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admiration affection appear beauty become Bulwer called carried character charm cloth colour comes common composed Criticism dark delight early Edition English enjoy fall fame familiar fancy feeling fiction field follow Genius gives gold grace Greek grows hand heart Homer Illustrated imagination interest Italy learning leaves less letters light literature living look manner Milton mind moral morning nature never night object observation painted passed person picture play pleasure poem poet poetical poetry Pope portrait present prose reader received remark rise romance scenes scholar seems sense sentiment shadow Shakspere SHILLING side sometimes soul Spenser story summer Taste things thought tion trees true truth turn verse volume walk whole writer written youth
Side 93 - Therefore, on every morrow, are we wreathing A flowery band to bind us to the earth, Spite of despondence, of the inhuman dearth Of noble natures, of the gloomy days, Of all the unhealthy and o'er-darkened ways Made for our searching: yes, in spite of all, Some shape of beauty moves away the pall From our dark spirits.
Side 78 - Hell-doomed, and breath'st defiance here and scorn, Where I reign king, and, to enrage thee more, Thy king and lord ? Back to thy punishment, False fugitive, and to thy speed add wings, Lest with a whip of scorpions I pursue Thy lingering, or with one stroke of this dart Strange horror seize thee, and pangs unfelt before.
Side 7 - Where a new world leaps out at his command, And ready nature waits upon his hand ; When the ripe colours soften and unite, And sweetly melt into just shade and light ; When mellowing years their full perfection give( And each bold figure just begins to live, The treacherous colours the fair art betray, And all the bright creation fades away...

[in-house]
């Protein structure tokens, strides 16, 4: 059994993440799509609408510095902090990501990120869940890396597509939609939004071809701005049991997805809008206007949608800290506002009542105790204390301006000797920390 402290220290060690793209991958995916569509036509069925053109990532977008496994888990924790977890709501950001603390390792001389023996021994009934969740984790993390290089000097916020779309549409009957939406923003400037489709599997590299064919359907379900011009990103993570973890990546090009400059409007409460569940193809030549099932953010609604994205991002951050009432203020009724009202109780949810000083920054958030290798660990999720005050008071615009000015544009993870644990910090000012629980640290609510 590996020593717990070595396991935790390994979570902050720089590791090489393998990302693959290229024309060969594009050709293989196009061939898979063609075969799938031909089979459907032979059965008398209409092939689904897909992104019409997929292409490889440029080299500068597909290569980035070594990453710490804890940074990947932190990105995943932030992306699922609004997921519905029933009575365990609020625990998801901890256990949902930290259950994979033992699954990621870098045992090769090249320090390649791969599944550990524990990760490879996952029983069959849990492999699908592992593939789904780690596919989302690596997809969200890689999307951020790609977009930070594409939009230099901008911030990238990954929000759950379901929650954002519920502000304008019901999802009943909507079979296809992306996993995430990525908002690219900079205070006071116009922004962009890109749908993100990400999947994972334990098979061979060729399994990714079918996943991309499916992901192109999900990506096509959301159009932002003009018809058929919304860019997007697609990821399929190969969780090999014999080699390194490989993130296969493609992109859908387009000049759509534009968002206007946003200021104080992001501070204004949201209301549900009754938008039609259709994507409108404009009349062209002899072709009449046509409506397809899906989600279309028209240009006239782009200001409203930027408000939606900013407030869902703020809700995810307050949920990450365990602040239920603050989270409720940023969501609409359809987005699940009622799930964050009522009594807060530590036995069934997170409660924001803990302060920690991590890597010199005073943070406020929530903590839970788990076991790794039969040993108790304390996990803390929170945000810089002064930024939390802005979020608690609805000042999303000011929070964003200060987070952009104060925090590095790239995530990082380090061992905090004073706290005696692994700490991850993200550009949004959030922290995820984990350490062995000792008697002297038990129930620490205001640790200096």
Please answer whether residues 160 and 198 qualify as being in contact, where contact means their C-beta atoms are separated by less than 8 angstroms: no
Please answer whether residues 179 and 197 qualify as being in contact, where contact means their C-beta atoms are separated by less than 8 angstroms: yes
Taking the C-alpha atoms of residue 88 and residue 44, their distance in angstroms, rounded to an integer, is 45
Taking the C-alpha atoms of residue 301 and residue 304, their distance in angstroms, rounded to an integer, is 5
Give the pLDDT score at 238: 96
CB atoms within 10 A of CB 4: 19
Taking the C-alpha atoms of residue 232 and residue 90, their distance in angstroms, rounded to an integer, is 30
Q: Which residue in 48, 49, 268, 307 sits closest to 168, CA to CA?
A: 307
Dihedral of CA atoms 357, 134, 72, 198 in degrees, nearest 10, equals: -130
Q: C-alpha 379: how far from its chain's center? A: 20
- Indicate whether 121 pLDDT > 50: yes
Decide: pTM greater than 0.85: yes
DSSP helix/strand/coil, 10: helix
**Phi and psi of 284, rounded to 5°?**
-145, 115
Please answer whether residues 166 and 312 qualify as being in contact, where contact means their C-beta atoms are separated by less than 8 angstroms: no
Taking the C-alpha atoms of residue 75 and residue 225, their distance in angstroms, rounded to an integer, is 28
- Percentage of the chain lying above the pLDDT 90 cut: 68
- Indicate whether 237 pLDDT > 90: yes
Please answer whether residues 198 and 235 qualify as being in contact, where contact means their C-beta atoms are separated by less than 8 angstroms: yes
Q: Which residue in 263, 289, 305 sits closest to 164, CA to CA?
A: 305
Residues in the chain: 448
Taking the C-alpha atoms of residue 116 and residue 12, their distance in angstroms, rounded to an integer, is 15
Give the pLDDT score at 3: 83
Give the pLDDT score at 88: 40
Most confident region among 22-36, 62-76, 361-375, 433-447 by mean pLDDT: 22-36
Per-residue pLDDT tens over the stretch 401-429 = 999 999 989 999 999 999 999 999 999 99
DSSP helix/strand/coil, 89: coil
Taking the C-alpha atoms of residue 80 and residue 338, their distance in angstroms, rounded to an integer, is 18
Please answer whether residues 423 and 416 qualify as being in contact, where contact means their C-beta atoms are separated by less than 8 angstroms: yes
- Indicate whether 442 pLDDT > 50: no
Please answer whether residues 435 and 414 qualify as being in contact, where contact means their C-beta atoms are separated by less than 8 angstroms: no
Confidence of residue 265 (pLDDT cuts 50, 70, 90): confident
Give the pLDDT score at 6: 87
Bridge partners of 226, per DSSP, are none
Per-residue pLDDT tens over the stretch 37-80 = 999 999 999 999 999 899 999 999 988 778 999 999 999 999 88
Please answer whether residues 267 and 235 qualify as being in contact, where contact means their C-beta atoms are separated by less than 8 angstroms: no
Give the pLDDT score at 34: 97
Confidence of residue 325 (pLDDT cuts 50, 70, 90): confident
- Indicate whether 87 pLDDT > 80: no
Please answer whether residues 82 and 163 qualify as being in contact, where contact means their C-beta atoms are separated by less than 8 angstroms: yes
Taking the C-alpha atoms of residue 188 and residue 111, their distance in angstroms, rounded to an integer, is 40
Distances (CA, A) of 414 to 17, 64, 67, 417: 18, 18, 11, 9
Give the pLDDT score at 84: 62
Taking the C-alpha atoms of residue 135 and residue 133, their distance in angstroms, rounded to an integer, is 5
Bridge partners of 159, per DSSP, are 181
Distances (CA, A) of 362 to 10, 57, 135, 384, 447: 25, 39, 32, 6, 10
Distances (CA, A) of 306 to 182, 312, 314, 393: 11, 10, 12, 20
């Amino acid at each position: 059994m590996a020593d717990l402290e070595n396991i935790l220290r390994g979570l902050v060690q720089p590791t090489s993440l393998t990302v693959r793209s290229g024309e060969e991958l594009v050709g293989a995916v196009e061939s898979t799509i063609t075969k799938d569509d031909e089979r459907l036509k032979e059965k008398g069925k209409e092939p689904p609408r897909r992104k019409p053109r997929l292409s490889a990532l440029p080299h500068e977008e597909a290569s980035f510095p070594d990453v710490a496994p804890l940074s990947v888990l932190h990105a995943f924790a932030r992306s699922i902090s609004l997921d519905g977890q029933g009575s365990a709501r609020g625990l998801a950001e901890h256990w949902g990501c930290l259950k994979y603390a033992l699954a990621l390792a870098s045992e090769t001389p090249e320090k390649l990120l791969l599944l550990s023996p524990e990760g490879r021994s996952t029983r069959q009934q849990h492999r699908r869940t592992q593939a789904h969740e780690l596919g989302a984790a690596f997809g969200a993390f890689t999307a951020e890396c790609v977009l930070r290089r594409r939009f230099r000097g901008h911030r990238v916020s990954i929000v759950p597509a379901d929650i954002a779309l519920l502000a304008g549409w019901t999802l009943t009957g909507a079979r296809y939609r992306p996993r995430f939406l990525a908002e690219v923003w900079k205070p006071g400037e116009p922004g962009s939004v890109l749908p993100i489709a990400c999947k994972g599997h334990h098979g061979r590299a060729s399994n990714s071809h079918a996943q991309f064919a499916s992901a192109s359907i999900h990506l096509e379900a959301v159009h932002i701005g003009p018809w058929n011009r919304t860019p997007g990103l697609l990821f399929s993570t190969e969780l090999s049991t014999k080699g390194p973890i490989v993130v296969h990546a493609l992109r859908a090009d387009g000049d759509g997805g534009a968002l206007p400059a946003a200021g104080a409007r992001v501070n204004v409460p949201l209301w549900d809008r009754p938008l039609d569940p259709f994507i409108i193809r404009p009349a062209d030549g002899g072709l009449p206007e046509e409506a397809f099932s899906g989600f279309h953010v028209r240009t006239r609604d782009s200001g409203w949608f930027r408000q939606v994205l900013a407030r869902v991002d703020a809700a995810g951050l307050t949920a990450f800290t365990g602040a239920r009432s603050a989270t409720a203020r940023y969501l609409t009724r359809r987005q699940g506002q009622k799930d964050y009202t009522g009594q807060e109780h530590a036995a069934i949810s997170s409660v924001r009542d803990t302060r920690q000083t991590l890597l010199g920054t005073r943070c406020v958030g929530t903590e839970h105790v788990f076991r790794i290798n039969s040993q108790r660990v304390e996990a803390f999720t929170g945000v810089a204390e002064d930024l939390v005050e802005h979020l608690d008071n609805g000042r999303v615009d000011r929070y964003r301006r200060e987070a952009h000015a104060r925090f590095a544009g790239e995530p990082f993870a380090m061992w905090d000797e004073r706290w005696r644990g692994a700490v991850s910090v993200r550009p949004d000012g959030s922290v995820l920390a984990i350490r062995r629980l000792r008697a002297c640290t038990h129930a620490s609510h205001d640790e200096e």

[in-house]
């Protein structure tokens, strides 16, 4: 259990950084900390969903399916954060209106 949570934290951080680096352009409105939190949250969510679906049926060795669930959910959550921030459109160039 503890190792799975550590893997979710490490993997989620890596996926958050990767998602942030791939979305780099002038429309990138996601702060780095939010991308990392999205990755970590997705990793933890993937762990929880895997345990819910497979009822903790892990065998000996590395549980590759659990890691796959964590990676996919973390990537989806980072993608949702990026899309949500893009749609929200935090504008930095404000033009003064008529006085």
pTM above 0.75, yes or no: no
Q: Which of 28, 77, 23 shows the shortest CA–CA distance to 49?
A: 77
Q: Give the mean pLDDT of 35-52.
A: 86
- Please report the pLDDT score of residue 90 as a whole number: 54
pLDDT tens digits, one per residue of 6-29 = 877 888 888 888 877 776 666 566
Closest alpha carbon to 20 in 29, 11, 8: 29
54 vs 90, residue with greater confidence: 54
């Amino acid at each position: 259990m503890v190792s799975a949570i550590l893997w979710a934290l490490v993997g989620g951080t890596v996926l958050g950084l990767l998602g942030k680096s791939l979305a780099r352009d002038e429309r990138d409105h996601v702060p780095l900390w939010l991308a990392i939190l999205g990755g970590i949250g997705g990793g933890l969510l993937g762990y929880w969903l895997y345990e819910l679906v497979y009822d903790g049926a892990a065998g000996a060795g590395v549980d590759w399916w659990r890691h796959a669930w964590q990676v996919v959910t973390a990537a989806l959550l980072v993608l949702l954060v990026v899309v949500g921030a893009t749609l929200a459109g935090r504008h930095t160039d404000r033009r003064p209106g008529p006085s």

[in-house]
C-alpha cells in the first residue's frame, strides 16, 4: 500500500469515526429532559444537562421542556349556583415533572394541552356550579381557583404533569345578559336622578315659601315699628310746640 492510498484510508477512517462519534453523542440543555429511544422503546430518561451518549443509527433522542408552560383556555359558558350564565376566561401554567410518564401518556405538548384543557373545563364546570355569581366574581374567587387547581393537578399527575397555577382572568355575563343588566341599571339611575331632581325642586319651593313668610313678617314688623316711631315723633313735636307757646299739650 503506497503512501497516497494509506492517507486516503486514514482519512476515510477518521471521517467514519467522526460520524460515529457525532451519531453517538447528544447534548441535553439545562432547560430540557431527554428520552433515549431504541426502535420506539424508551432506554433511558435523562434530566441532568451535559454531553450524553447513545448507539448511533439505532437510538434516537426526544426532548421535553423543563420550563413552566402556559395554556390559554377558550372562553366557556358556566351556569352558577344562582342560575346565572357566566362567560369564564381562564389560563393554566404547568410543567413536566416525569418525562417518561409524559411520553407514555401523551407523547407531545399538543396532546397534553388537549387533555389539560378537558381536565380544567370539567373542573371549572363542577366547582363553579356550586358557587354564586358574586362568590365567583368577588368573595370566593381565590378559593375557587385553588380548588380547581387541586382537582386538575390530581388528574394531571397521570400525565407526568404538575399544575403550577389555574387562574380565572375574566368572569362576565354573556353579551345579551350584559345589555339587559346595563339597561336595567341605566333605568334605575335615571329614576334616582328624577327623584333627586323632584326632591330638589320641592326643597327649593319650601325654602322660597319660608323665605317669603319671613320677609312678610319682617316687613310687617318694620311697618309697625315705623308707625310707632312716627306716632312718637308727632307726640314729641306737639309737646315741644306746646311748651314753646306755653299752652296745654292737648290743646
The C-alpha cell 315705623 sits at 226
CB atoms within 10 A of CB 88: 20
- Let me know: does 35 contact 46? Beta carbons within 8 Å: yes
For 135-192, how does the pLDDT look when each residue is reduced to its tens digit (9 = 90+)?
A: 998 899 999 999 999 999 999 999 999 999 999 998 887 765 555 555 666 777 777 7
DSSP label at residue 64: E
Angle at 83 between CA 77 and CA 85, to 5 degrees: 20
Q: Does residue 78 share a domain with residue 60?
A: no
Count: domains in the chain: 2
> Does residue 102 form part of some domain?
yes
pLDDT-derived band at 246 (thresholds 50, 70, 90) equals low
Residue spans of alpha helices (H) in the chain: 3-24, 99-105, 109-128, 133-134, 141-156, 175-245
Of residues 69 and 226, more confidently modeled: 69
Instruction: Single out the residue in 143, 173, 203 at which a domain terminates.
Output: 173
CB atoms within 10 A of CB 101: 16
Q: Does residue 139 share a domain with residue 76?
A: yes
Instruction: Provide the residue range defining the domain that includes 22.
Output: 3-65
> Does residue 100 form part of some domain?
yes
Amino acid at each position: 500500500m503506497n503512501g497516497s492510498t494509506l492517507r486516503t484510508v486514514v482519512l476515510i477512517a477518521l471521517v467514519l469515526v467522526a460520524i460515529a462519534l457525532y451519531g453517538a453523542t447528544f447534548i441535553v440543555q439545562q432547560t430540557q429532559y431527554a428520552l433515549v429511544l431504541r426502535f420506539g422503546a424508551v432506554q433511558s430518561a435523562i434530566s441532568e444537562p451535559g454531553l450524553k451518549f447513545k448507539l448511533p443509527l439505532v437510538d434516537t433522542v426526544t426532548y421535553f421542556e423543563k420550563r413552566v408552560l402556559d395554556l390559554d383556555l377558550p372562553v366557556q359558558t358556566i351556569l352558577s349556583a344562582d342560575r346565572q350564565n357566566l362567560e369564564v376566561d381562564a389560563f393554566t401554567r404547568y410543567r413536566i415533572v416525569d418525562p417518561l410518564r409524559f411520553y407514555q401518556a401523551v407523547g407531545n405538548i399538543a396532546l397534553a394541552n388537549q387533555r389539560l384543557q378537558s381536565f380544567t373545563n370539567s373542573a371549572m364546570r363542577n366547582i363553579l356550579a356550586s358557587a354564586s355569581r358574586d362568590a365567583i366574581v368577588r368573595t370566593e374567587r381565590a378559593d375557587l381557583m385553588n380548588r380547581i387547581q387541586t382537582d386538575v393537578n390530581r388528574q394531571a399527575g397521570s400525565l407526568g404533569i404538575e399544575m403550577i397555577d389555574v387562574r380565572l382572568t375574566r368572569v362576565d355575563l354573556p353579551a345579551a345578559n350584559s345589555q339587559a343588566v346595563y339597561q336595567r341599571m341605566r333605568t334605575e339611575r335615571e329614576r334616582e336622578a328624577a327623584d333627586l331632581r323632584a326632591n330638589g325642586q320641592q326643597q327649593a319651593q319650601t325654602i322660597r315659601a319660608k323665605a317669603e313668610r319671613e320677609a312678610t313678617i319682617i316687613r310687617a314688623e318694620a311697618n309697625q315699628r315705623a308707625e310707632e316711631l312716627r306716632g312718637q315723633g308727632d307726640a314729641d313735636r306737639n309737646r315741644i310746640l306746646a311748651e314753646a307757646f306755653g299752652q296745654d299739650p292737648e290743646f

Side 128 - tis the twanging horn ! o'er yonder bridge That with its wearisome but needful length Bestrides the wintry flood, in which the moon Sees her unwrinkled face reflected bright ; He comes, the herald of a noisy world. With spattered boots, strapped waist, and frozen locks. News from all nations lumbering at his back.
Side 109 - Vice, for vice is necessary to be shewn, should always disgust.} nor should the graces of gaiety, or the dignity of courage, be so united with it as to reconcile it to the mind. Wherever it appears, it should raise hatred by the malignity of its practices, and contempt by the meanness of its stratagems ; for while it is supported by either parts or spirit, it will be seldom heartily abhorred.
Side 84 - This drooping gait, this altered size: But Spring-tide blossoms on thy lips, And tears take sunshine from thine eyes! Life is but thought: so think I will That Youth and I are house-mates still Dew-drops are the gems of morning, But the tears of mournful eve!
Side 35 - Tis pleasant, by the cheerful hearth, to hear Of tempests and the dangers of the deep, And pause at times, and feel that we are safe ; Then listen to the perilous tale again, And with an eager and suspended soul, Woo terror to delight us.
Side 86 - Such notes as, warbled to the string, Drew iron tears down Pluto's cheek, And made Hell grant what love did...
Side 62 - All books he reads, and all he reads assails, From Dryden's Fables down to Durfey's Tales. With him most authors steal their works, or buy ; Garth did not write his own Dispensary.